The number of new HCC diagnoses made in SVUH in 2016 was 105, with referrals from hospitals throughout Ireland. HCC is predominantly a male diagnosis (89% in 2016); the median age for patients is 66, and 15 patients received liver transplants for HCC in 2016.

“Liver cirrhosis is rising exponentially in Ireland. The National Cancer Registry (NCRI) have reported a 300% increase in primary liver cancer over the last two decades. Vincent’s is uniquely placed to treat all patients with hepatocellular carcinoma and this is reflected in the high volume of increased activity in the report”, said Dr. Diarmaid Houlihan, Consultant Gastroenterologist and Hepatologist.

The National Surgical Centre for Pancreatic Cancer (NSCPC) was established at SVUH in 2010, and the number of referrals continues to grow; there was a total of 589 referrals in 2016. Better recognition of pre-malignant conditions of the pancreas and referral for assessment has been a major factor in this regard.

The HPB (hepato-pancreatic-biliary) group in SVUH performs surgery and abdominal organ transplantation, and 2016 was an outstanding year for a number of reasons:

  • the unit performed its 1,000th liver transplant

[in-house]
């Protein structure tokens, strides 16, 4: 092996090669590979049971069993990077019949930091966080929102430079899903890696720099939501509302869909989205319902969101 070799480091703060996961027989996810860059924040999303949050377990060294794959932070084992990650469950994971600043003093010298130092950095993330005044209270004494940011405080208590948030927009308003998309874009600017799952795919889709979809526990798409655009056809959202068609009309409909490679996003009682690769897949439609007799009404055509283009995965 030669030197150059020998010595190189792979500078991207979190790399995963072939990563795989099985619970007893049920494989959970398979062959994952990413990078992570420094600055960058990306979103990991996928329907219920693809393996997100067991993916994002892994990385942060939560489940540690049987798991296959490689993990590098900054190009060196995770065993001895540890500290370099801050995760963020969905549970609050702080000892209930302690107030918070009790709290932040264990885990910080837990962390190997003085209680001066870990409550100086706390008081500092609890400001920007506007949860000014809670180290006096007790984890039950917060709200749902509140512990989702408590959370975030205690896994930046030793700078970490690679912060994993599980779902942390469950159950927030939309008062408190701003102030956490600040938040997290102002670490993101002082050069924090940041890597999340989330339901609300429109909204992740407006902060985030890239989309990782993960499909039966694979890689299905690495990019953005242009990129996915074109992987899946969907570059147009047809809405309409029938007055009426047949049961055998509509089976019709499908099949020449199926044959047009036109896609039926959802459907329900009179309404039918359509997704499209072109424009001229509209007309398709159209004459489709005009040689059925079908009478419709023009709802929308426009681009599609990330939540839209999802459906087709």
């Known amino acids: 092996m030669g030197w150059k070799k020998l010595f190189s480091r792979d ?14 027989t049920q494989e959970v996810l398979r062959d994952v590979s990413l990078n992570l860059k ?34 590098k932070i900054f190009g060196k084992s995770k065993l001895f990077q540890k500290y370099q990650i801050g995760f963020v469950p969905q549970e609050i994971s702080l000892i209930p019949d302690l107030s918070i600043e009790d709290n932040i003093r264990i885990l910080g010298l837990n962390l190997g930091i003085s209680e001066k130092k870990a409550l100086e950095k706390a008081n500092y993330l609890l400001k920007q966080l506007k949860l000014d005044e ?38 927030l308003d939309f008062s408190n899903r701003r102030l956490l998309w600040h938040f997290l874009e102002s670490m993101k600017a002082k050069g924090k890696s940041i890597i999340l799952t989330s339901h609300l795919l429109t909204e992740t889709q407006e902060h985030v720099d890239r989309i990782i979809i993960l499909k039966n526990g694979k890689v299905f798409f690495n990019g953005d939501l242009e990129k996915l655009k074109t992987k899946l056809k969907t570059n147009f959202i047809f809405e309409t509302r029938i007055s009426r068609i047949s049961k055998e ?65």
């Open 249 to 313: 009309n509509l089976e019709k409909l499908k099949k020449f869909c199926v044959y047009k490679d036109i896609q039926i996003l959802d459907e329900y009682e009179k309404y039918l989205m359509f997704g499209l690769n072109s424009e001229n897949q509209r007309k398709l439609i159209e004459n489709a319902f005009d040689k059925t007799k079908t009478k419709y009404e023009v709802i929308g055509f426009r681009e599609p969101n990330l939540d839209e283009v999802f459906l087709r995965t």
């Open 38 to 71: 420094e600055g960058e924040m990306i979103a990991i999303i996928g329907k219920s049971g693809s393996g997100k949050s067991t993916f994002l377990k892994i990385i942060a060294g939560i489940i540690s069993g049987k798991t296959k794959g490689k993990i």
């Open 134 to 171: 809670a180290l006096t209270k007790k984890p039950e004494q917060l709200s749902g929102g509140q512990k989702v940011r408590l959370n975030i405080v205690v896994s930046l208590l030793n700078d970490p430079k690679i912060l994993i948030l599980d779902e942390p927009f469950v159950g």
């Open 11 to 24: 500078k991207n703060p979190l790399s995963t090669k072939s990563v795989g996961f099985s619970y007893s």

• the National Pancreas Transplant Programme, which had moved from Beaumont Hospital, was activated in December 2016 and 4 pancreas transplants have been performed to date
  • the Neuroendocrine Tumour (NET) Programme achieved European Centre of Excellence accreditation from the European Neuroendocrine Tumour Society (ENETS). It achieved the status of National Centre of Excellence in 2014/2015.

Skin cancer

Non-melanoma skin cancer is the most common cancer in Ireland. The incidence of malignant melanoma, both invasive and in-situ, is increasing across all age groups.

A total of 142 cases of melanoma were diagnosed in 2016.

Lung cancer

Lung cancer is the fourth most common cancer in Ireland. In 2016, the majority of patients (64%) were in their sixties and seventies. There were a total of 214 patients with primary lung cancer diagnosed in 2016; 112 cancers metastatic to the thorax from non-lung cancer primary tumours, and 4 cases presenting with lung cancer recurrence.

“We have seen a rise in the numbers of lung cancer diagnoses at St. Vincent’s each year, largely thanks to the NCCP Rapid Access Lung Clinic and greater awareness of the disease. The outlook for our patients is improving thanks to earlier and rapid diagnosis and a greater breadth of treatment options than in the past, even for more advanced cancers”, said  Dr. Marcus Butler, Consultant in Respiratory Medicine.


The Clinical Haematology Department at SVUH provides care for patients with general and malignant haematological disorders, including; leukaemia, myeloma and lymphoma. The age distribution for haematological disorders shows that 74% of all patients are aged 50 years and upwards at the time of diagnosis.

[1] BreastCheck is being extended and by the end of 2021, all eligible women aged 50 to 69 will be invited for routine screening on a phased basis.

2016 SVHG Cancer Report